Bail set for Florida doctor tied to Senator Menendez corruption case

Reuters News
Posted: Jul 02, 2015 5:44 PM

By Zachary Fagenson

MIAMI, Fla. (Reuters) - A judge set bail on Thursday at $18 million in a Medicare fraud case for a doctor who has also been accused of bribery and political corruption for giving lavish gifts to U.S. Senator Robert Menendez, his attorney said.

Salomon Melgen, 60, has pleaded not guilty to 76 counts of Medicare fraud and falsifying medical records in federal court in southern Florida.

The millionaire ophthalmologist had been jailed since his indictment in April, while prosecutors and defense attorneys negotiated assurances that Melgen, who holds a Dominican Republic passport and owns extensive property and investments in the Caribbean country, would not flee.

Melgen is expected to post bonds totaling $18 million and be freed on Thursday, his attorney Matthew Menchel told Reuters, and will wear an electronic monitoring bracelet.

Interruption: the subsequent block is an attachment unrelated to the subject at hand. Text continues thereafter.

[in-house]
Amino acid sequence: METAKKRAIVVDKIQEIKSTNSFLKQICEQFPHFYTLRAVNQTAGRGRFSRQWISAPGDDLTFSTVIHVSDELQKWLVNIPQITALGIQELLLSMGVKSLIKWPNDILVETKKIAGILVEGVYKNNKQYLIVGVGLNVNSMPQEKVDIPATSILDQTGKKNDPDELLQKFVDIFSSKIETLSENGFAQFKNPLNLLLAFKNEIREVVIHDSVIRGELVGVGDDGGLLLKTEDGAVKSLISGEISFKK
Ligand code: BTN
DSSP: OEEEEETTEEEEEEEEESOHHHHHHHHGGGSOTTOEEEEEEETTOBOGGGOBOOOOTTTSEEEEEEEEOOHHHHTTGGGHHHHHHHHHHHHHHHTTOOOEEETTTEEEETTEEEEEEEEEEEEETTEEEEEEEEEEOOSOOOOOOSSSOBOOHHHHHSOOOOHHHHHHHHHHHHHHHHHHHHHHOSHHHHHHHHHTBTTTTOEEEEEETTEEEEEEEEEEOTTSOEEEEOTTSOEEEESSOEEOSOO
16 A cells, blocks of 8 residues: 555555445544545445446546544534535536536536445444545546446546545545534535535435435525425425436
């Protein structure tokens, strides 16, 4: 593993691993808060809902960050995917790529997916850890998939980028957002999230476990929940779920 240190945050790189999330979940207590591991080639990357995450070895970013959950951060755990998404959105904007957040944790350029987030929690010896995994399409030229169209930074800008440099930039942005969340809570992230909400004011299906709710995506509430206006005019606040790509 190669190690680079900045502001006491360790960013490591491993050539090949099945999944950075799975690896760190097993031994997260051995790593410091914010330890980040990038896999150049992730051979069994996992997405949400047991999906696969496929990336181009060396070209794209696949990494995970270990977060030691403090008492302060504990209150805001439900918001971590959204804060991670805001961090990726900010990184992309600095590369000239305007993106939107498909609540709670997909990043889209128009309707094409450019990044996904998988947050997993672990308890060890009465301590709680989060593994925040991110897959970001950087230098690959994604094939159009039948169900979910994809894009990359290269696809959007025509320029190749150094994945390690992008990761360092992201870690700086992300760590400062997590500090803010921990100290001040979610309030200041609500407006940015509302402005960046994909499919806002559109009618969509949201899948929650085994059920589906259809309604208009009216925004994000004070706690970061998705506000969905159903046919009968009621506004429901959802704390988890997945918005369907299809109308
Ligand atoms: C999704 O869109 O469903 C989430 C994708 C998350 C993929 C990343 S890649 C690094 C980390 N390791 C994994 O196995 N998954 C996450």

During a June bond hearing, Melgen's attorneys said he is in the process of selling his private airplane.

Melgen is accused of ordering unnecessary tests and falsifying records at his Florida practice.

From January 2008 to December 2013, Melgen's clinic billed Medicare more than $190 million and was paid more than $105 million, much of that based on fraudulent claims, according to a federal indictment.

Medicare is the government health insurance program for the elderly and disabled.

Last month U.S. District Judge Kenneth Marra agreed to grant Melgen bail, saying the notoriety of the case, as well as his family and business ties to Florida, would guarantee his appearance in court.

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In a separate case, Melgen is accused of giving Menendez, a powerful Democrat from New Jersey and former chairman of the Senate Foreign Relations Committee, up to $1 million worth of gifts in seeking his help influencing the outcome of Medicare disputes.

The two men, who are close friends, pleaded not guilty in April to political corruption charges in New Jersey, and Melgen was released on $1.5 million bond.

(Reporting by Letitia Stein; Editing by Mohammad Zargham)